Background WHO estimates that about 80% of world population relies on herbal/alternative medications=30% plant species used Reasons include: direct consumer marketing, inclusion in multivitamin preparations in prevention of chronic illnesses Toxicities of concern=thrombohaemorhagic complications most severe Due to prevalent use of anticoagulants and antiplatelets=interactions in perioperative settings resulting in haemorhage most dangerous
The problem There is widespread use of herbal/complimentary/alternative medications among presurgical patients These medications can potentially interact with haemostatic system consequential bleeding or thrombosis continue being reported effects not fully characterised Agents exempted from formal licensing information of effects not fully available to anaesthetists patients may suffer due to our ignorance
New England Journal of Medicine April 10, 1997 ; 336(15):1108
Fibrinolytic effects of Ginkgo biloba extract Changes in fluorescence at different concentrations of streptokinase Changes in fluorescence at different concentrations of Ginkgo extract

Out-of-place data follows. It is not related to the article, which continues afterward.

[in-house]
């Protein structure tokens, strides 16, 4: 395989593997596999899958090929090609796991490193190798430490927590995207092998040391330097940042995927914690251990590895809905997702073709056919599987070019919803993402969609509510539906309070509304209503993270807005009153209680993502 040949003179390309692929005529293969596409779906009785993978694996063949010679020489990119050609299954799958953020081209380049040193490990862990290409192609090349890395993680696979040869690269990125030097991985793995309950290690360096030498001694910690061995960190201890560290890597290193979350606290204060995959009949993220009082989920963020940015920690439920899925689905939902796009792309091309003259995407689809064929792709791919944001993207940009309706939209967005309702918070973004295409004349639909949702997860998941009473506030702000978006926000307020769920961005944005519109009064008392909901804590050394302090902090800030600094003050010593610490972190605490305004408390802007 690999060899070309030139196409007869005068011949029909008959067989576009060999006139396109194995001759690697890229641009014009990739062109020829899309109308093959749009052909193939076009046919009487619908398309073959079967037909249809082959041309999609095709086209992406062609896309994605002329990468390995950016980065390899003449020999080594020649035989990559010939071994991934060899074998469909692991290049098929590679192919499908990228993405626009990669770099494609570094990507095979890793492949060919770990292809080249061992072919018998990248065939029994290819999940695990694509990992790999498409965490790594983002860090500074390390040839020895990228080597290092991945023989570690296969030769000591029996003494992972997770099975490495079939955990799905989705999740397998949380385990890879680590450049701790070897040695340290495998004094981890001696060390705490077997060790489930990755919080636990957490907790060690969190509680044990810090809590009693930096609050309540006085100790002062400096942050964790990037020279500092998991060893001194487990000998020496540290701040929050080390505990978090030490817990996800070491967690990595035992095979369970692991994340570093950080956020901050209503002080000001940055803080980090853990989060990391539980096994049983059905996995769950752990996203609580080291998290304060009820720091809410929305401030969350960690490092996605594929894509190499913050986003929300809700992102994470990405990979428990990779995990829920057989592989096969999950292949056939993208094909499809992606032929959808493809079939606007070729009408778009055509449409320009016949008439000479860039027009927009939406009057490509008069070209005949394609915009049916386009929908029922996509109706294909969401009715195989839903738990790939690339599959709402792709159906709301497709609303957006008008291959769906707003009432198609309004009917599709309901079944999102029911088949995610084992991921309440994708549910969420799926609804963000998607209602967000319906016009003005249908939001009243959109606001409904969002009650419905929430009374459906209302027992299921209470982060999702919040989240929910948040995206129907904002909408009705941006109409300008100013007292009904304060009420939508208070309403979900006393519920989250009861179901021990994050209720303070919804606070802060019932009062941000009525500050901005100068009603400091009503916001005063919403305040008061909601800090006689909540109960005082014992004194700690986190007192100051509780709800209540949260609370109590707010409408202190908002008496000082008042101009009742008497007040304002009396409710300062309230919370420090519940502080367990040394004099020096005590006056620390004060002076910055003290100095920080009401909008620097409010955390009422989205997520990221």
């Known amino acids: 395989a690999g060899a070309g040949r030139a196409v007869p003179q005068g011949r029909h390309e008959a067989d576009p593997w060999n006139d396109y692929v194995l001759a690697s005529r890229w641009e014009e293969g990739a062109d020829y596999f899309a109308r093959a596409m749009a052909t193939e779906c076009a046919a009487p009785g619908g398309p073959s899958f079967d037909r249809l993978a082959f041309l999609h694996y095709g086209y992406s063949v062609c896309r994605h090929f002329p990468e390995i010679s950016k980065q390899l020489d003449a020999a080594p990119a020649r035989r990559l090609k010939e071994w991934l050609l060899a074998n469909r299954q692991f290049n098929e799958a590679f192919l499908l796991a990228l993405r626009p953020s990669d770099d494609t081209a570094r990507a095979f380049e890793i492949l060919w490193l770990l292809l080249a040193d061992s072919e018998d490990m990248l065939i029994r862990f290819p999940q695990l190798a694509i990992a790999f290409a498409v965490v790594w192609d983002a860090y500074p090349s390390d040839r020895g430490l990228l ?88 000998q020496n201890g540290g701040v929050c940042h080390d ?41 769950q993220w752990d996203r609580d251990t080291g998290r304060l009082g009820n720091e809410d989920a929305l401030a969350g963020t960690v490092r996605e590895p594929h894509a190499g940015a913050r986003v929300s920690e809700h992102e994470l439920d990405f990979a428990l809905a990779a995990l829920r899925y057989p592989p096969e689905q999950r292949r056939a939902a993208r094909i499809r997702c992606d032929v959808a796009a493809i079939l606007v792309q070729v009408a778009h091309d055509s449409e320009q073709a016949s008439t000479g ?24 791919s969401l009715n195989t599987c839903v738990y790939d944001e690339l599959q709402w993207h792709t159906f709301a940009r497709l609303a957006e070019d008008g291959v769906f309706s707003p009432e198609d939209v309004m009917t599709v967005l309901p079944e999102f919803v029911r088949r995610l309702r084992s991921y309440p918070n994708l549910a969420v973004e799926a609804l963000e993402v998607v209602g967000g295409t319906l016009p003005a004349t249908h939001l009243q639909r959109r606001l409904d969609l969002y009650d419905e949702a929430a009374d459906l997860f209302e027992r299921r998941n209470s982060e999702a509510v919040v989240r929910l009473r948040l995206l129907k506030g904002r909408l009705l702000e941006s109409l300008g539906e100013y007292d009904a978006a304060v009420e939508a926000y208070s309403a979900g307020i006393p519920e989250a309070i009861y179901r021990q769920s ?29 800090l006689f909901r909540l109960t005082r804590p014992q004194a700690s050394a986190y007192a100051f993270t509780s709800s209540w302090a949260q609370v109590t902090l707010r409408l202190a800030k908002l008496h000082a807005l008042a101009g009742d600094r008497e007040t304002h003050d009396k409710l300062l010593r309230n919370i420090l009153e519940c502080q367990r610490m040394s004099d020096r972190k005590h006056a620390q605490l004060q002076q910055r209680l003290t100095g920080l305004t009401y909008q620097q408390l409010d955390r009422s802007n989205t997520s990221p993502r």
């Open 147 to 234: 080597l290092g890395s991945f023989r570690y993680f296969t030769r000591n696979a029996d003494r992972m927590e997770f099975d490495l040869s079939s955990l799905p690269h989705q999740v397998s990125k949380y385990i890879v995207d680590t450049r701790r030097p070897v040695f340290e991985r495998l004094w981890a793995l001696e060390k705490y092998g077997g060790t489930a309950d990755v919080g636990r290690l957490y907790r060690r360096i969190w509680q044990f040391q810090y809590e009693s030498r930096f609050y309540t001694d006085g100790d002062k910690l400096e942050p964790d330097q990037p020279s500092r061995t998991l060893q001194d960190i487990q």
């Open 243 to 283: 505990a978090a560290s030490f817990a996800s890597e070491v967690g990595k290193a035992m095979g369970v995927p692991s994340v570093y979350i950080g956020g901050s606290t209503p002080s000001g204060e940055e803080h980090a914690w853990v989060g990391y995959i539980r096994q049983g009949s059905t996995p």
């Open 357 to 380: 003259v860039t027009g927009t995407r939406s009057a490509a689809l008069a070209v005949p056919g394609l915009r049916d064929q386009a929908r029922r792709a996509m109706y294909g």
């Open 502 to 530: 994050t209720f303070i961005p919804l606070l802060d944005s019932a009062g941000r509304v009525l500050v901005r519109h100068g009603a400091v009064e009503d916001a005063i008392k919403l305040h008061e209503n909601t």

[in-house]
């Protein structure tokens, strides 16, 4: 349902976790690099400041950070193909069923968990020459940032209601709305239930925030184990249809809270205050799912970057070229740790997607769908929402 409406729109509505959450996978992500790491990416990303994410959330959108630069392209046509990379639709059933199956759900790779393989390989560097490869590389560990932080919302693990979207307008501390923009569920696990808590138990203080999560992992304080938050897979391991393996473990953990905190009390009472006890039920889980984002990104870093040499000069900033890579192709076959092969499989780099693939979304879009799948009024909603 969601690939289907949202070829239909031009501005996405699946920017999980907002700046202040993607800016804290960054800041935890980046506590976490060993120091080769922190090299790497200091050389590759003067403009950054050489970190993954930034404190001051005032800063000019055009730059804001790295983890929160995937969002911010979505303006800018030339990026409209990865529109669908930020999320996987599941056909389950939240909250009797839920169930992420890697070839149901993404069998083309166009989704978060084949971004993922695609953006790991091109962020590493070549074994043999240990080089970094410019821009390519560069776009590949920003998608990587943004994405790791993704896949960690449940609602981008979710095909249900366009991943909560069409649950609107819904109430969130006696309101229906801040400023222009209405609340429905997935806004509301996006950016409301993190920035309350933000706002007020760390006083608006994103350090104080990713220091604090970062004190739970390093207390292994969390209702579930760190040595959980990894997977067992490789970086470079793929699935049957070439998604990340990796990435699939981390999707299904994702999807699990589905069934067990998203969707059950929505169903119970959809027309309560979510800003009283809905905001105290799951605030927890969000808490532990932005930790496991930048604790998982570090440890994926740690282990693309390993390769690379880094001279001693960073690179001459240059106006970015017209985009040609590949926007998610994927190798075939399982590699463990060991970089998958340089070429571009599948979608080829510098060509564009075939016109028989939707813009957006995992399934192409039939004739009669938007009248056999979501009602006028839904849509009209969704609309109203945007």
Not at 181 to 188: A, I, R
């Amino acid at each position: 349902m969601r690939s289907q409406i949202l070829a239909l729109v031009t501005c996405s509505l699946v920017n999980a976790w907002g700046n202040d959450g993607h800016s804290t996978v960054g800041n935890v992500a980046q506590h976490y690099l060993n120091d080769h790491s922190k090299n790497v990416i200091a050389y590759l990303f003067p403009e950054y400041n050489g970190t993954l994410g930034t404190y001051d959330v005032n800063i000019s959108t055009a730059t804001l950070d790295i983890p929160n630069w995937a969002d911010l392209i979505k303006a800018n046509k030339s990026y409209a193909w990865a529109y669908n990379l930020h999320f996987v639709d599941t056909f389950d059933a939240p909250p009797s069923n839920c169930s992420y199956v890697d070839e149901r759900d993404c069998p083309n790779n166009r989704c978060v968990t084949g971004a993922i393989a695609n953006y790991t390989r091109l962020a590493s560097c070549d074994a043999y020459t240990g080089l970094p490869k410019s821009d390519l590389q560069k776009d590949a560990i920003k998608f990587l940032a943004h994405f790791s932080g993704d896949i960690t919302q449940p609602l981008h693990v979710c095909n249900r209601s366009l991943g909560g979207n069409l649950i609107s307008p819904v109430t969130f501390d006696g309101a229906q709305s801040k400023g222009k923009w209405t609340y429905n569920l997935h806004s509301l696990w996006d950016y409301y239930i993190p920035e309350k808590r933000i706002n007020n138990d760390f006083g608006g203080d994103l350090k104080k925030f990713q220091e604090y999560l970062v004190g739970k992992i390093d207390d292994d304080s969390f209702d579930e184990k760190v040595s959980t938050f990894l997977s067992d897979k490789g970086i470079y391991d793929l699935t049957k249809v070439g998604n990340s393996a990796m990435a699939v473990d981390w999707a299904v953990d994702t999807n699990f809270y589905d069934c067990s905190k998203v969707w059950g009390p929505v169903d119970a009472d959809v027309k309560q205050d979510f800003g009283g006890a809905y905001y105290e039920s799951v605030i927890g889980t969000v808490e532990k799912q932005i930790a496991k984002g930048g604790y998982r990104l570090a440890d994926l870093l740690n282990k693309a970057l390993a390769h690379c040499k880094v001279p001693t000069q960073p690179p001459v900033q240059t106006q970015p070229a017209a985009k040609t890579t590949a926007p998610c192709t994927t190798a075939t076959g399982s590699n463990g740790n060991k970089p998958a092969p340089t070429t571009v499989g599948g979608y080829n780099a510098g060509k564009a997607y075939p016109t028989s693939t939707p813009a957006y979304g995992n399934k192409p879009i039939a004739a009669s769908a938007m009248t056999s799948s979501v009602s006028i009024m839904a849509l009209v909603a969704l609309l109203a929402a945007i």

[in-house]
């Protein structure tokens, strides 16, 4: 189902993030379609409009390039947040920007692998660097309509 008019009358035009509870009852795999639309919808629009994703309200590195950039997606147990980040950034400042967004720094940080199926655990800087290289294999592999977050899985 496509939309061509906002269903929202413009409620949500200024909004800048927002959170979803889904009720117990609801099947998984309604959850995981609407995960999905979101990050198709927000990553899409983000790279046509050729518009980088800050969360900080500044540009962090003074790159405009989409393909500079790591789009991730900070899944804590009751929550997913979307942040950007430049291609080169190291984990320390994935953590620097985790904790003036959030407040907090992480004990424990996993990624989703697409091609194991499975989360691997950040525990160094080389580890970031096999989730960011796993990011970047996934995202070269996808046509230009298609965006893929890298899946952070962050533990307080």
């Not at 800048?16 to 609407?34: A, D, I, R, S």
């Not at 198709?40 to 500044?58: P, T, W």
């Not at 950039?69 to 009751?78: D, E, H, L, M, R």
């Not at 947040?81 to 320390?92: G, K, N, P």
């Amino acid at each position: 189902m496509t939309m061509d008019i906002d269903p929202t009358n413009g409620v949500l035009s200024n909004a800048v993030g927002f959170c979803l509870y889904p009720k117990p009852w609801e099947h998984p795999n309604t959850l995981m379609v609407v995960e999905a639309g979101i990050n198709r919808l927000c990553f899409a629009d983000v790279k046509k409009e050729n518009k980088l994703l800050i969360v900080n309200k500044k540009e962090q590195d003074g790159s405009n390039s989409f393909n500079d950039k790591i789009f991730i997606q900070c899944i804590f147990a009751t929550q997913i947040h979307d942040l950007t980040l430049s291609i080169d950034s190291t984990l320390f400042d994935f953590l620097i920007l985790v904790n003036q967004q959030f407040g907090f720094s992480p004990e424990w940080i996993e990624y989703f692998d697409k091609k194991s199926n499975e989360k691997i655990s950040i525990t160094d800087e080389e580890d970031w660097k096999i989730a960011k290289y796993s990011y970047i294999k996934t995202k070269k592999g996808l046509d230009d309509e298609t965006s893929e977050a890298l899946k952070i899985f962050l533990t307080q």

Effects of leaf extracts from Croton zambesicus Müell. Arg. On Thrombin generation S. Robert et al. / Journal of Ethnopharmacology 128 (2010) 641–648
KU-PCAM Approach CCMB→PCAM:establishment of pharmacognosy/drug discovery unit to research on traditional/alternative medication Focus on : Compiling of ethnobotany Isolation and characterization of activity Scientific testing-theme specific e.g blood clotting
Way forward Currently, there is widespread use of herbal concoctions among surgical patients There is huge knowledge gap on activity of herbal products on haemostatic system Potential area of Research Concerted collaborative efforts needed from all practitioners Anaesthetists need to take history and understand concurrent use of herbal products
No wonder, Elephants take herbs, They are so healthy!